We recently sent our Range Rover Evoque to the New York City area, where it spent time with senior editor Joe Lorio. Rather than muddle around in the suburban snarl, Lorio drove the Evoque some 250 miles north on a family trip to the Adirondack Mountains. Here are his thoughts:
I wished it could have stuck around longer.
"It's impressive how well the Evoque distills the Range Rover panache into such a diminutive package. Although I'm generally not a fan of the trend toward high beltlines and squashed rooflines, this car pulls off that aesthetic very well. Of course, visibility to the rear is horrible, but the view out the front and to the sides is better than expected due to well-shaped A-pillars and decently sized side windows. The rear seat might be a cave, though, were it not for the dramatic (and optional) full-length glass roof.
"The Range Rover look is also evident in the cabin design, with rugged-looking, squared-off shapes and high-quality materials. The center console is simply but intelligently designed to corral a good amount of junk in a fairly small space. I suppose that's one bonus of the dial-a-gear shifter -- it takes up less room than a traditional gear lever -- but I still find it gimmicky, and the act of twisting a knob is less physically satisfying than moving a lever. The steering wheel is a nice size and feels good; it's loaded with all manner of switches, which is fine, but the four-way controllers are not as easy to use by feel as they are, for instance, in Volkswagens. The touchscreen works well, but I would prefer that the navigation system's zoom function and the stereo's preset buttons and tuning function be outside of the screen. I love the large, simple climate controls.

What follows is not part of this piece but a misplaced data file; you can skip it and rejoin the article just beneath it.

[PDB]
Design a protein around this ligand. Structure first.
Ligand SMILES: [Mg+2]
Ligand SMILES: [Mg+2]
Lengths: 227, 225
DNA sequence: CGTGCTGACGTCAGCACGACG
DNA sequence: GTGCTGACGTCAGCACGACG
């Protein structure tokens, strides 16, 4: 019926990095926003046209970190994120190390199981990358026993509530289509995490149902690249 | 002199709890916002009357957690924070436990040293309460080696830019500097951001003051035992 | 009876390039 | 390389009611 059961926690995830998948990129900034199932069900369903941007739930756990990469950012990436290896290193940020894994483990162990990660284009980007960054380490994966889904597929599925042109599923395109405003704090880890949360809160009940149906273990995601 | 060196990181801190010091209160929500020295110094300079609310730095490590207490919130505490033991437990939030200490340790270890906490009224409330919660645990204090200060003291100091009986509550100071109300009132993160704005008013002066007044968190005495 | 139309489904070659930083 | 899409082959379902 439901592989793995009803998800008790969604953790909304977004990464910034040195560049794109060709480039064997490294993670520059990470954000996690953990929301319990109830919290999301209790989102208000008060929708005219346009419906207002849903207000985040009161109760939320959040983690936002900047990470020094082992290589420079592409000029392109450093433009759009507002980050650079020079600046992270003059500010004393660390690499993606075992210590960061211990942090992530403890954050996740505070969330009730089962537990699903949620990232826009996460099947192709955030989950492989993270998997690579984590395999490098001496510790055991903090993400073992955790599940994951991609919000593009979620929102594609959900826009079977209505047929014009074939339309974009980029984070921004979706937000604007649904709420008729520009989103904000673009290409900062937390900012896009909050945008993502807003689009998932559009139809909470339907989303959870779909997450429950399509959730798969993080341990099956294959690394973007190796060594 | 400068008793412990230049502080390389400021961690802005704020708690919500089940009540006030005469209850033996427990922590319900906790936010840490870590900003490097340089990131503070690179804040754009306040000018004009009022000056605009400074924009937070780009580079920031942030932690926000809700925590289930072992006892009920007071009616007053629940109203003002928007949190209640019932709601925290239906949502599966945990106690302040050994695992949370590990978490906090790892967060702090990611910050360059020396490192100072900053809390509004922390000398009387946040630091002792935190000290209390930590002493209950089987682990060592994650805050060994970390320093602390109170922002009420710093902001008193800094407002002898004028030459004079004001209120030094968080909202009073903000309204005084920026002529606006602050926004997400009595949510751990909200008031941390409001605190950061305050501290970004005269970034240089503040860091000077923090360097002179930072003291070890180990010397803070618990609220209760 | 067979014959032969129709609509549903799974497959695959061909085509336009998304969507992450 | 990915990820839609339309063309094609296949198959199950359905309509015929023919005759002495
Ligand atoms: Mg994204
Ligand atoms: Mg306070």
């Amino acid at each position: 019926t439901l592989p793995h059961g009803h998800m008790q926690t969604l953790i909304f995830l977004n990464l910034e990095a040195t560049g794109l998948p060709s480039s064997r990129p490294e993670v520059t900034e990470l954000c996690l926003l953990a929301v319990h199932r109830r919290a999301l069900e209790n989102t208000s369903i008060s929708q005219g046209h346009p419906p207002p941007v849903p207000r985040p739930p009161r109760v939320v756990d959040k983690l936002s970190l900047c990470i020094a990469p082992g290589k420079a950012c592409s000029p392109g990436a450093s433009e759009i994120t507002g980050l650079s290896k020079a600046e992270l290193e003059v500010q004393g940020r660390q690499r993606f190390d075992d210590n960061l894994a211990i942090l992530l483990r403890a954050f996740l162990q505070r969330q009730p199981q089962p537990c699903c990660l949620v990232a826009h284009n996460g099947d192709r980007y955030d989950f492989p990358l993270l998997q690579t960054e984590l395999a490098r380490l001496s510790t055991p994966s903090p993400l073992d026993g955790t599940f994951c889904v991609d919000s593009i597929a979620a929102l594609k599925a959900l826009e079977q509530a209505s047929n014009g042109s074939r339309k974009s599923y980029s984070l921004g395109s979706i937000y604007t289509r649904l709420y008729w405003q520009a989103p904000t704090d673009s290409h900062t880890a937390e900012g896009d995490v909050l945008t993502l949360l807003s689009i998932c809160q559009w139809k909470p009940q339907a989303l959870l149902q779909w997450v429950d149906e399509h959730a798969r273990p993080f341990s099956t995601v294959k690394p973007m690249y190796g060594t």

"The 2.0-liter turbo four does an admirable job propelling this little ute. Performance is lively and throttle response is good. If only it returned better fuel economy: we got an indicated 25 mpg on our four-hour drive. That's much better than what we'd expect to see in a big Range Rover but not great for a vehicle as small as the Evoque with a four-cylinder engine. Once we reached the Adirondacks, I was able to enjoy winding along two-lane roads. The nicely weighted steering and good body control made it easy to precisely guide this machine along the busy, narrow parkways. The only downside to the chassis tuning is a fairly stiff ride.
"For our trip we had three people, two duffels, one set of skis, a sled, a small cooler, and miscellaneous paraphernalia. It was like putting together a puzzle to make it all to fit. The cargo hold is quite small and pretty shallow front-to-back even with one rear seat folded. Four people would have to pack very lightly to use the Evoque as a vacation-mobile.
"Despite that limitation, I enjoyed traveling with this crossover. It's very pleasant to drive, it looks cool, it's loaded with features, and the interior is a nice place to spend time. I wished it could have stuck around longer."
Indeed, with only a few months remaining in its Four Seasons test, we weren't about to let the Range Rover slip away from the home office for an extended period. After one week, road test editor Christopher Nelson drove the Evoque back to Ann Arbor. That was enough time for the crossover to become acquainted with a New York area Range Rover dealer, which Lorio visited when the low coolant light flashed on. We've already had the coolant sensor replaced, but this time it turns out the car simply was low on coolant. Who'd have thought?